I hear this a lot in the work that I do with New York families navigating the college process. Like, a lot. I hear it especially from very ambitious dads, many of them Harvard alums. They want their beloved, perfectly GPA-ed daughter or son to get into their alma mater and make them proud. They have very high standards. They are often quite linear thinkers. And it's common for high-achieving parents to worry that perhaps their kids (no matter how high-achieving themselves) just aren't working hard enough. And so...
It’s an imperative meant to instill discipline and restore a sense of order. But actually, it’s all about control.
The idea is that doing “4 hours of SAT prep a day—MINIMUM!” will ensure a perfect or near-perfect score on the SAT or ACT. Then that score will ensure a spot at an elite institution. The idea is that by working, by “doing”—even doing mindless, rote, unengaged practice problem sets—an outcome is guaranteed. So by enforcing the study-more principle, Dad gets a sense of security, of certainty. A sense of control.
But here's the thing: that’s just not how the standardized test game works.
"Study more!" may calm parents down (that's what that sense of control is good for!), but it doesn't necessarily raise scores.
See, if you want the best score you can achieve on the SAT or ACT, you can’t just spend hours dutifully filling out workbooks. You have to be engaged. You have to be curious. You have to develop a sense of when you feel the information has fully marinated in your brain and has “cooked.”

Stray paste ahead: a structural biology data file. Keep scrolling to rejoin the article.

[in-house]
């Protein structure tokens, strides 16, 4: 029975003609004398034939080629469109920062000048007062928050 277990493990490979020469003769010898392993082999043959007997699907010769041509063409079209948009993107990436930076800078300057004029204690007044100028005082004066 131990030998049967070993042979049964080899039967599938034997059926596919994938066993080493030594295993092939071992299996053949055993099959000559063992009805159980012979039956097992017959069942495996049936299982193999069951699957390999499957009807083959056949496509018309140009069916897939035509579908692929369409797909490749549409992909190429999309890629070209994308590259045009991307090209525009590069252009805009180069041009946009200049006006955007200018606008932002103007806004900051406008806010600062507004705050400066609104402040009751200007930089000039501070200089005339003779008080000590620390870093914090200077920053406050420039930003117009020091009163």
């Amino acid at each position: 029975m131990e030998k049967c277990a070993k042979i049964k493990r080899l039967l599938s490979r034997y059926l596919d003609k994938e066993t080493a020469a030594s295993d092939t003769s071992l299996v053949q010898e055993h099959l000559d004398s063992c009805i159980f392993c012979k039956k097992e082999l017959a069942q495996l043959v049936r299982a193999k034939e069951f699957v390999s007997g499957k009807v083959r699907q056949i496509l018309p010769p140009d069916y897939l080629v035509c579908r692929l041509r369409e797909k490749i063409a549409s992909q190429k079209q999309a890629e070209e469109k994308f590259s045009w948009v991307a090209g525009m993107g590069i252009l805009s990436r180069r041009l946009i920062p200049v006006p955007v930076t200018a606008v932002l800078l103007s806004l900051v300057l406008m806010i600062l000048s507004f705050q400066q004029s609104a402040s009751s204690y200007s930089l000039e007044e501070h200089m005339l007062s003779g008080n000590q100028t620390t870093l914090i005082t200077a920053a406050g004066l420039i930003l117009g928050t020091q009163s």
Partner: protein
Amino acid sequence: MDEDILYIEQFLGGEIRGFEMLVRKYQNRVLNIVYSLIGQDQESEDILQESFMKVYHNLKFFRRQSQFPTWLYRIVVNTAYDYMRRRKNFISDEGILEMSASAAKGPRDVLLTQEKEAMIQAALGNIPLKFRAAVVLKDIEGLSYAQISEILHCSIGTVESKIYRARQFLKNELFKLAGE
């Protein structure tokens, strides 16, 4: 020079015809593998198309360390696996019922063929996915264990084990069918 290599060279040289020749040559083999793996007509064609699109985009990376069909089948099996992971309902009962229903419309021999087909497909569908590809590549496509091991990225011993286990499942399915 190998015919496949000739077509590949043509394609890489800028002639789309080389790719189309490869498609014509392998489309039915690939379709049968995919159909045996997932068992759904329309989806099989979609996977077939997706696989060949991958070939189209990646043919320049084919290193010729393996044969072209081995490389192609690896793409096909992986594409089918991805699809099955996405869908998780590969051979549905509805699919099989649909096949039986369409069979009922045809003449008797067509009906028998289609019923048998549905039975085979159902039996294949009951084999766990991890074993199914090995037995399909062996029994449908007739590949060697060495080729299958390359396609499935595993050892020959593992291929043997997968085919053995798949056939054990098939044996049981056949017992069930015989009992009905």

Face it: if you’re truly honest with yourself, you KNOW when you truly understand a topic or when you’re just winging it. You KNOW when you’re giving something your all or when you’re just phoning it in, checking the box so you can say you did it and get that ambitious dad of yours off your back.
And truth be told, MORE studying is not always BETTER.
Case in point: our dear Harvard Alum Dad may try to force his darling daughter to keep doing an SAT practice section each night. Evidence-Based Reading on Monday. Evidence-Based Writing on Tuesday. No Calculator Math on Wednesday. Calculator Math on Thursday. Essay on Friday. You get the idea. That's a lot of work! Should be a shoo-in for a 1600, no?
Is Darling Daughter analyzing what she gets wrong? Is she taking stock of patterns? Is she utilizing Mental Mastery Techniques to make sure she truly focuses on each section?
Seeing Darling Daughter drilling endlessly may give Dad a sense of satisfaction and control, but it’s not a substitute for a smart, strategic approach to maximizing her score—and it’s not an ideal use of anyone’s time (including Dad’s!). With a bit of analysis and introspection, maybe Darling Daughter can figure out (or her tutor can help her see) that she needs to drill rate problems and that she loses confidence on the Math grid-ins. Maybe she rocks at Reading, but needs a new strategy to get the Evidence questions right.
These are finite, fixable problems.
And a 30-minute worksheet or strategy session would take care of pretty much all of them. Plus, they would free Darling Daughter up to work on her essay, her extracurriculars—even to (gasp!) have a little fun during her junior and senior years of high school. Making a game plan and studying more strategically, rather than just studying more, lets her present a well-rounded application that offers elite colleges more than just a great test score.